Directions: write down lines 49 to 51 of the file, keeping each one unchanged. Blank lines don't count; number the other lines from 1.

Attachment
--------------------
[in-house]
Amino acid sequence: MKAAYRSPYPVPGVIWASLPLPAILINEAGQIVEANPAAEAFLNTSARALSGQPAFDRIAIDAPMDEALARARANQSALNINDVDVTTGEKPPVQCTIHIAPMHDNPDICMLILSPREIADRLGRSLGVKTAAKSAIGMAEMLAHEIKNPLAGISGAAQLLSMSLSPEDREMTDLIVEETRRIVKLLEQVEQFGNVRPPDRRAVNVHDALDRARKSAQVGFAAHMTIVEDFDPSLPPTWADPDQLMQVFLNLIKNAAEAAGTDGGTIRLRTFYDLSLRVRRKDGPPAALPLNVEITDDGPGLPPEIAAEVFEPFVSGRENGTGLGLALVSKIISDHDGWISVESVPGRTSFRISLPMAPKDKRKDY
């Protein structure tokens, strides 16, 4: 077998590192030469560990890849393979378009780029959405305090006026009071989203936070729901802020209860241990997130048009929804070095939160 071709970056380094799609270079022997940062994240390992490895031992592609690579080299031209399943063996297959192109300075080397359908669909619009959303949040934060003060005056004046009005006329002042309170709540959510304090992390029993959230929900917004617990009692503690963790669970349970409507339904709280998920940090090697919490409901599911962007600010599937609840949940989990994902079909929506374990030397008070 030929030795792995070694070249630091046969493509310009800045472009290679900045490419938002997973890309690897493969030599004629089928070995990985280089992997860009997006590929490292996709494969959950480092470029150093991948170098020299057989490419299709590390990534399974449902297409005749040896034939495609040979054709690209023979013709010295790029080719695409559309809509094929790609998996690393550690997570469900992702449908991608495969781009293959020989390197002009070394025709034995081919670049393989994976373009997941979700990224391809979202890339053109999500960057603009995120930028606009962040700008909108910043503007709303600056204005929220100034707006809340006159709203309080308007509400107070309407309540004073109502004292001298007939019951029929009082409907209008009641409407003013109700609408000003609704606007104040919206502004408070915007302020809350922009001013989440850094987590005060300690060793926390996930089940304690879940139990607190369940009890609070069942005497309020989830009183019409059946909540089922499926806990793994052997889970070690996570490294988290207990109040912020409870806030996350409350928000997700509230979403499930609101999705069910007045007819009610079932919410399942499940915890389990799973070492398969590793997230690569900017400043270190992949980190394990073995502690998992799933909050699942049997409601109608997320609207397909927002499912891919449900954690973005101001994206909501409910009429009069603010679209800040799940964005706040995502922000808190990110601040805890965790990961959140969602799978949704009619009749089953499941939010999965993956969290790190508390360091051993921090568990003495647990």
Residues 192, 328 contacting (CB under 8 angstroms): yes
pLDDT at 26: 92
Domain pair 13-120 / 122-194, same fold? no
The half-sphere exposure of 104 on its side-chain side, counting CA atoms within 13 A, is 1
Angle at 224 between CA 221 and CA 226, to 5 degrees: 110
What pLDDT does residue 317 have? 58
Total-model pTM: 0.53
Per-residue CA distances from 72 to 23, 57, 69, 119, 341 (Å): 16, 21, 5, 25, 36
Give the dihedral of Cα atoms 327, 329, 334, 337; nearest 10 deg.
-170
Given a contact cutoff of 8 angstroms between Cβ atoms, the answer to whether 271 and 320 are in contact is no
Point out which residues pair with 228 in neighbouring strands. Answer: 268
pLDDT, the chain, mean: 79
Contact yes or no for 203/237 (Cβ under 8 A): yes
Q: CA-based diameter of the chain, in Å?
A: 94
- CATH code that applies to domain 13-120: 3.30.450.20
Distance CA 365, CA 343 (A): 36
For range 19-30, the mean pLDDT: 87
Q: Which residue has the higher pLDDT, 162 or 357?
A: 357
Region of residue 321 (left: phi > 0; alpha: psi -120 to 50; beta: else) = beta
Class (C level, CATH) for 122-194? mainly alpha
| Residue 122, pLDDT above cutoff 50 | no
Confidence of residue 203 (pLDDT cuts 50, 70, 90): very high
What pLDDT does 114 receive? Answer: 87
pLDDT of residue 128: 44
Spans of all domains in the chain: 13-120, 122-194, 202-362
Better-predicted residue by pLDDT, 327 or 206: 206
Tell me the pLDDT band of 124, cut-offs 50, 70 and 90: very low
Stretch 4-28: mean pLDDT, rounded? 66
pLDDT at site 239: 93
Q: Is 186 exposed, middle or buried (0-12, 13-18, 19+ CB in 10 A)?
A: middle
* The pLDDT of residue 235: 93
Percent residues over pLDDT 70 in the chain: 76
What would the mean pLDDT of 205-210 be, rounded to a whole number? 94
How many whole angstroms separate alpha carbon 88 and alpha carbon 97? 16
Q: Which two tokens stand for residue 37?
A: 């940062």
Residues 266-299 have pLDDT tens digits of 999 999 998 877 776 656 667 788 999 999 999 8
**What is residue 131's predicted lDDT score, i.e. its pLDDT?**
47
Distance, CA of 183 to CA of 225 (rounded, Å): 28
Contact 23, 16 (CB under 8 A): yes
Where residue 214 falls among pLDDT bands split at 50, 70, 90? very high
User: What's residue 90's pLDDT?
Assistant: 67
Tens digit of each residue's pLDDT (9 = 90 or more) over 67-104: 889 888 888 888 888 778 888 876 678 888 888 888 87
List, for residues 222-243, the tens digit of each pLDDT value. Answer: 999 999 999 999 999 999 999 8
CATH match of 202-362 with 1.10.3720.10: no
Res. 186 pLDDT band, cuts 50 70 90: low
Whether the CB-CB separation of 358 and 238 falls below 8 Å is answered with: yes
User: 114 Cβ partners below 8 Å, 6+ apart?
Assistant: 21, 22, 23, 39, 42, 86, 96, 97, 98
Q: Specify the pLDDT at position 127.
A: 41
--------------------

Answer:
Where residue 214 falls among pLDDT bands split at 50, 70, 90? very high
User: What's residue 90's pLDDT?
Assistant: 67